Boiler Pressure Relief Valve Keeps Going Off [7 Easy Fixes]

A common problem that users with household heating systems encounter is that the boiler pressure relief valve keeps going off. The issue of the pressure relief valve often occurs due to a defected relief valve, clogged expansion tank, or a faulty heater coil.

In addition to these, malfunctioning thermostats, defective fill valves, damaged aquastat, and relief valve leakage issues also play major roles in the pressure relief valve blowing off. So, continue reading to know the solution to these problems.

boiler pressure relief valve

Boiler Pressure Relief Valve Keeps Going Off [7 Easy Fixes]

There are 7 possible reasons that result in the water heater pressure relief valve blowing off. Here, we will discuss each and every reason in detail along with their solutions.

Note: You can also read the Utica Boiler troubleshooting guide.

1. Defected Relief Valve

The issue with the heater relief valve blowing off often occurs when the relief valve is faulty or damaged in any way. If the pressure relief valve is faulty, then it will leak water and cause a flood around the water heater, resulting in an expensive repair.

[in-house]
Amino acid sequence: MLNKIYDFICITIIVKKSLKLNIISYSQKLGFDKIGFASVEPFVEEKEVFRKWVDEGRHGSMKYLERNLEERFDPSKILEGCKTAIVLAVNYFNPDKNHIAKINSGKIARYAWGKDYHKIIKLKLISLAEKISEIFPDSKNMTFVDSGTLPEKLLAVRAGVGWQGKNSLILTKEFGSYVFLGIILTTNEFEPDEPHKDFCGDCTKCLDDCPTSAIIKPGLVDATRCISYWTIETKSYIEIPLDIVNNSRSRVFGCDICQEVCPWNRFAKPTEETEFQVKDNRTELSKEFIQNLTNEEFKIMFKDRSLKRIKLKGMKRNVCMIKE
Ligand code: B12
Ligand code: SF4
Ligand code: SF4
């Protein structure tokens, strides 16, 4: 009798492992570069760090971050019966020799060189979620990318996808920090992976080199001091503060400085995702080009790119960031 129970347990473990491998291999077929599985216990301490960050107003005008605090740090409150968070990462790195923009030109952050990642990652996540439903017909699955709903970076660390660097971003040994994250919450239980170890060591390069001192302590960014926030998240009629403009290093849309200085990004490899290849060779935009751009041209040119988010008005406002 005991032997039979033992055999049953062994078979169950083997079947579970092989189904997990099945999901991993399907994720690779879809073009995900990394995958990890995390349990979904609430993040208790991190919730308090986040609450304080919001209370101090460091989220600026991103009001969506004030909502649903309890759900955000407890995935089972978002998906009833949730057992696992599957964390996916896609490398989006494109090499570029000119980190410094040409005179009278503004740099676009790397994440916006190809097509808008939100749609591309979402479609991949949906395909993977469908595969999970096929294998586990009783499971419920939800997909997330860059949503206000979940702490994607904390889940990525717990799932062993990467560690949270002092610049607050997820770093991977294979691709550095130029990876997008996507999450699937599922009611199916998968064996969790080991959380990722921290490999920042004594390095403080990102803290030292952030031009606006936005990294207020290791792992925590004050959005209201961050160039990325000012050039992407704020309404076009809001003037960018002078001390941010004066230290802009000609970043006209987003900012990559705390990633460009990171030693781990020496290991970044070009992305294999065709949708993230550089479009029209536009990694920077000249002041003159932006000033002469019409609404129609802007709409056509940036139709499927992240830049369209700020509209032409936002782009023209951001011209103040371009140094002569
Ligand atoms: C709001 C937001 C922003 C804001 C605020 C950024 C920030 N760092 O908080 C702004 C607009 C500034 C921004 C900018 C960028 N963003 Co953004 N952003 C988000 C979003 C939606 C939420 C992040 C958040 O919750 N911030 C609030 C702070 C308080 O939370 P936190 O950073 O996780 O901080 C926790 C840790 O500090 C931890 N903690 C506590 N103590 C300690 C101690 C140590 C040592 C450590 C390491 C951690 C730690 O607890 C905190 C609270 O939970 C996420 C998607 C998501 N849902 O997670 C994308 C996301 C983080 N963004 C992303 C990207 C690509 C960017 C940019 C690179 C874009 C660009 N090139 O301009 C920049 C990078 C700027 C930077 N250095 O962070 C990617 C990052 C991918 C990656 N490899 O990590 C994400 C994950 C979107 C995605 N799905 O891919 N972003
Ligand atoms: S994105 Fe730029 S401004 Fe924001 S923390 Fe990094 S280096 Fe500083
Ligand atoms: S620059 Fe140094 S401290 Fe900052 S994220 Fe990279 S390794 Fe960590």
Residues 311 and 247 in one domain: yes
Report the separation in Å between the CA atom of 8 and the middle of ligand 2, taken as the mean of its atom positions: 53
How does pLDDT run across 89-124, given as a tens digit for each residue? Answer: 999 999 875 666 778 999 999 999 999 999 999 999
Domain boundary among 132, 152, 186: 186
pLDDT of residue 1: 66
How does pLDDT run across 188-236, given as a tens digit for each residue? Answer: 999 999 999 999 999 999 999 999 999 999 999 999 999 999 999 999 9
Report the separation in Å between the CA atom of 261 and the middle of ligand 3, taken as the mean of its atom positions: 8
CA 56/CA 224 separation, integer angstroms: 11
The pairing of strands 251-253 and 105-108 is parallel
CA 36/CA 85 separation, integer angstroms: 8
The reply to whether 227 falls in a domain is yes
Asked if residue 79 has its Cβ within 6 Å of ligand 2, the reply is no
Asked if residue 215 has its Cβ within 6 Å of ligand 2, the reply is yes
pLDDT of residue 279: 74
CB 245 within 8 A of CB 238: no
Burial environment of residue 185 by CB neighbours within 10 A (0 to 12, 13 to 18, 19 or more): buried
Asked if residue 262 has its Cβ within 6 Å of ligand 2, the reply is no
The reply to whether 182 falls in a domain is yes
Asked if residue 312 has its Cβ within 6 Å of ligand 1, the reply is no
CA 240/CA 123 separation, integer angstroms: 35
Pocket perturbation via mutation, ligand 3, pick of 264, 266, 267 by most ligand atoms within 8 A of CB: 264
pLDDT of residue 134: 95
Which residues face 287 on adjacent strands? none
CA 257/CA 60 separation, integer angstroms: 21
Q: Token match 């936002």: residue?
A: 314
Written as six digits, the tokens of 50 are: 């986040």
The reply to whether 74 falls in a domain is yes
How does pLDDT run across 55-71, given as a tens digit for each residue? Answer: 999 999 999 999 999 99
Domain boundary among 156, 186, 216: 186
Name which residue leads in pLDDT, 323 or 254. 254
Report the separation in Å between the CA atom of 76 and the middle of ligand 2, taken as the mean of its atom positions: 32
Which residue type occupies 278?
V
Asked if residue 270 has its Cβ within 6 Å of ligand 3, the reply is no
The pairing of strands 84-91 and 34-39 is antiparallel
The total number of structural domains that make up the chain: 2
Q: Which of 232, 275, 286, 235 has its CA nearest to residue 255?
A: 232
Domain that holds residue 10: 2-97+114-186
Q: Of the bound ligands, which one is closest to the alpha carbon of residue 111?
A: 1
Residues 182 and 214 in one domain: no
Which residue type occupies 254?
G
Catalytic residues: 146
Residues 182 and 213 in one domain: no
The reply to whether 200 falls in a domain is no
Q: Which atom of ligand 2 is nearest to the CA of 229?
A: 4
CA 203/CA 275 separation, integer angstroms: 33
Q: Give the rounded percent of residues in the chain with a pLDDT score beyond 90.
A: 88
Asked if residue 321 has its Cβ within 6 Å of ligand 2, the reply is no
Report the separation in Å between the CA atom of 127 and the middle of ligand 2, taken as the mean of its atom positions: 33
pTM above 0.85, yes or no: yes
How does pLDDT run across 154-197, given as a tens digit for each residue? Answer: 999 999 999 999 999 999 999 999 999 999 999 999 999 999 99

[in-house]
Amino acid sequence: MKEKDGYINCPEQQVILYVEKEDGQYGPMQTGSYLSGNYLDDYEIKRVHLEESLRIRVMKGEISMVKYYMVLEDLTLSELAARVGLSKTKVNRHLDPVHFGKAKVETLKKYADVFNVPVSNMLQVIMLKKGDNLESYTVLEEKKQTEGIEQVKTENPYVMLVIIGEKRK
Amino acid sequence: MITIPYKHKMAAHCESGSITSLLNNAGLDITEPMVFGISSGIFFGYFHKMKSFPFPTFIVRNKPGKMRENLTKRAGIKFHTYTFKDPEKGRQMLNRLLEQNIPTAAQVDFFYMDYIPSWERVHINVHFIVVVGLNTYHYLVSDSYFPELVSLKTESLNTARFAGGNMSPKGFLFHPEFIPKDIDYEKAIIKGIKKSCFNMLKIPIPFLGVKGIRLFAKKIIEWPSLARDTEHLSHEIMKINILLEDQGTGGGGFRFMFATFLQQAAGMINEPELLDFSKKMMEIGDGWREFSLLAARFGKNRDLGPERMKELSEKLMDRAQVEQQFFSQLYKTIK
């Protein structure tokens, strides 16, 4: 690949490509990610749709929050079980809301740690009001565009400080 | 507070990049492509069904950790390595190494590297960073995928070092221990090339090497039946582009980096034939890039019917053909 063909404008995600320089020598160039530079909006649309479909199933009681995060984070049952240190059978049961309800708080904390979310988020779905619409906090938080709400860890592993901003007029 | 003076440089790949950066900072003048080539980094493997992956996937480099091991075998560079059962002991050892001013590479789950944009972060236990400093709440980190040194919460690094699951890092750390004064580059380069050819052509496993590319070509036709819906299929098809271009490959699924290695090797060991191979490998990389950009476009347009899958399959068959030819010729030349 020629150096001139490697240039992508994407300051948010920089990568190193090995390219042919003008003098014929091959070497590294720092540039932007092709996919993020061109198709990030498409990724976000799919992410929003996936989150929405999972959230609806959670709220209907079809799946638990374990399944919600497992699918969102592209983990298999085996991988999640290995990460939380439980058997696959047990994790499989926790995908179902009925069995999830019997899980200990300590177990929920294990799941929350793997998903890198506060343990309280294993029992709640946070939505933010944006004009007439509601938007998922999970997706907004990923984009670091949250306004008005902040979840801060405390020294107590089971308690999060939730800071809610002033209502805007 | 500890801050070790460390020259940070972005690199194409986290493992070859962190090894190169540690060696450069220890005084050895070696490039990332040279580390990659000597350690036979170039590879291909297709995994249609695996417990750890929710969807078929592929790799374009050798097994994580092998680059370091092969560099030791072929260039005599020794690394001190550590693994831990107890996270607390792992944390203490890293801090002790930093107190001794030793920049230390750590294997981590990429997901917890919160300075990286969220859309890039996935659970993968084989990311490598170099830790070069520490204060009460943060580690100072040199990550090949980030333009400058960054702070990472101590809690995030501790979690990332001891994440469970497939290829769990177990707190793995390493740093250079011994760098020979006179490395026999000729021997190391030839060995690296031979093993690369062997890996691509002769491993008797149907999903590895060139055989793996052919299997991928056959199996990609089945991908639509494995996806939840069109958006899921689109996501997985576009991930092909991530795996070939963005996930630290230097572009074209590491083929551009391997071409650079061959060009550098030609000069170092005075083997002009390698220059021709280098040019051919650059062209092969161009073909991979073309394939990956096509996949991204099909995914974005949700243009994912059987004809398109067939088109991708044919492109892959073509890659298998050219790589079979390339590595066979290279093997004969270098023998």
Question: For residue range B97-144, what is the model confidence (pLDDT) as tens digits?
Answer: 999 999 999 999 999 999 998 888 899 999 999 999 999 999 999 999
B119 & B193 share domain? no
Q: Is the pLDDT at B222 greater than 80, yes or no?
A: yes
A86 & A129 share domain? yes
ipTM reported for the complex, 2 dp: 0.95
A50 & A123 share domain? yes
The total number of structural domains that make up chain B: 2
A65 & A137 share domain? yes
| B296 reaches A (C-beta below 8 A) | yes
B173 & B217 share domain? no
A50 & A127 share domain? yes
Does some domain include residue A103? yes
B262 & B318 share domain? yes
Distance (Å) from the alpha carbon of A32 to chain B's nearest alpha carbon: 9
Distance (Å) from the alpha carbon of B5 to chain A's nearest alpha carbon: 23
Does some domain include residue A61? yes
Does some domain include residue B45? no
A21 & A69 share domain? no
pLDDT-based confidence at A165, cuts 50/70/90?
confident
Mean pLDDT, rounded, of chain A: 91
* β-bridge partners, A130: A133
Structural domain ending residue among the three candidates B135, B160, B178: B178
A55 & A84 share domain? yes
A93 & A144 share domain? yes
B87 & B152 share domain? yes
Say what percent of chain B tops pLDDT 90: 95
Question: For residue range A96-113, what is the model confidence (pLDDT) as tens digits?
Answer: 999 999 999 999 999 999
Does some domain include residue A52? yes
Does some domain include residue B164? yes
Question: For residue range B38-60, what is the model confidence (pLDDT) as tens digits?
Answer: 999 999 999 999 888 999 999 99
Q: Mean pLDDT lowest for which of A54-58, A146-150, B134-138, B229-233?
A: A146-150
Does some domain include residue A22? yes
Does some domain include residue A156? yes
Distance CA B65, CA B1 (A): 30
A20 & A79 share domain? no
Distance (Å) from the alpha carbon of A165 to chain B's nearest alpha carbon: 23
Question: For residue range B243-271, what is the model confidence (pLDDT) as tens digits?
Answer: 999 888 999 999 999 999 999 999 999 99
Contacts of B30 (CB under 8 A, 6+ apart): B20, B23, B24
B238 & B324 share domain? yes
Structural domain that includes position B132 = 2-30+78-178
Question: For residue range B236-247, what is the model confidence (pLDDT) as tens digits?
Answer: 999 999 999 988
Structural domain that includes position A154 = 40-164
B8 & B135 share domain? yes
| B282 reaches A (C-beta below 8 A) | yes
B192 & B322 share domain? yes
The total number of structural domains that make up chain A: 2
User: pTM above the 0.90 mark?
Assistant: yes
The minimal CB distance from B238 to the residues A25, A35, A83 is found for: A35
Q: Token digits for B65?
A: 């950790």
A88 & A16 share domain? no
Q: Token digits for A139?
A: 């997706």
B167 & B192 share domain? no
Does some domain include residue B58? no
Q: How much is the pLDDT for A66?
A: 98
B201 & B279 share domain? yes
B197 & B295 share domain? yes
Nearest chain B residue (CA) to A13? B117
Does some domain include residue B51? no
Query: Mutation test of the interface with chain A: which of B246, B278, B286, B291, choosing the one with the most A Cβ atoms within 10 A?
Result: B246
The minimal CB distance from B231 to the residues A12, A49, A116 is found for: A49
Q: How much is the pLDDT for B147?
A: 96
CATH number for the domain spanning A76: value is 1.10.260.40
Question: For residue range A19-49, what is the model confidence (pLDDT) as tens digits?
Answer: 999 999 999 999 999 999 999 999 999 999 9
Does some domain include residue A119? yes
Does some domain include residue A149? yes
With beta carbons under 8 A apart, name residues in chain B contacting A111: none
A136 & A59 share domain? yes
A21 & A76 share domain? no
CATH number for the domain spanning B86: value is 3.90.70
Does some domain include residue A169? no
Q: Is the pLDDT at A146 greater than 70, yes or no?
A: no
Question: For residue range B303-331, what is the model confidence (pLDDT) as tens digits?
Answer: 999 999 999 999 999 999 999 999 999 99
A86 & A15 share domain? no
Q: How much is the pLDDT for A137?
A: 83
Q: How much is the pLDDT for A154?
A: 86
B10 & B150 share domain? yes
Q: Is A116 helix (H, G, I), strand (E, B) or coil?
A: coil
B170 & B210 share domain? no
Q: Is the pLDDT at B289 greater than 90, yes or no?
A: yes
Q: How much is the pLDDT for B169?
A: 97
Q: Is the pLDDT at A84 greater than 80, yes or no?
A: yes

How To Fix It

Turn off the water heater and allow the water to cool down and reach its normal temperature. Drain all the water from the heater and remove the discharge tube from the system as well. Examine the relief valve properly to identify the defect.

Replace the pressure relief valve with a new one and make sure that it is set correctly. Turn on the water heater and fill the tank to ensure that the valve is working perfectly.

2. Clogged Expansion Tank

Water and air get trapped in the water heater expansion tank over time and use. This trapped air and water cause an increase in pressure inside the tank which causes the pressure relief valve to go off.

How To Fix It

Turn on the water heater and keep a close eye on the pressure gauge. If you notice that the pressure is rising at an alarming rate while the water is in the expansion tank, then you have a clogged expansion tank.

Turn off the heater and release all the water from the heater after cooling it down. Repair or replace the expansion tank and turn on the water heater. Check the pressure once again and check if the pressure relief valve is leaking or not.

3. Faulty Heater Coil

The heater coil inside the water heater heats up the water and over time, it develops a defect or stops working due to the accumulation of dirt. This faulty heater coil forces the pressure into the boiler which in turn results in the pressure relief valve blowing off.

How To Fix It

Switch off the water flow to the heater coil and keep an eye on the pressure gauge. If the pressure continues to increase even if the water flow is turned off, then the issue is with the heater coil. Clean the heater coil of all water impurities and repair the defect. Turn on the heater and ensure that the pressure is at the correct level.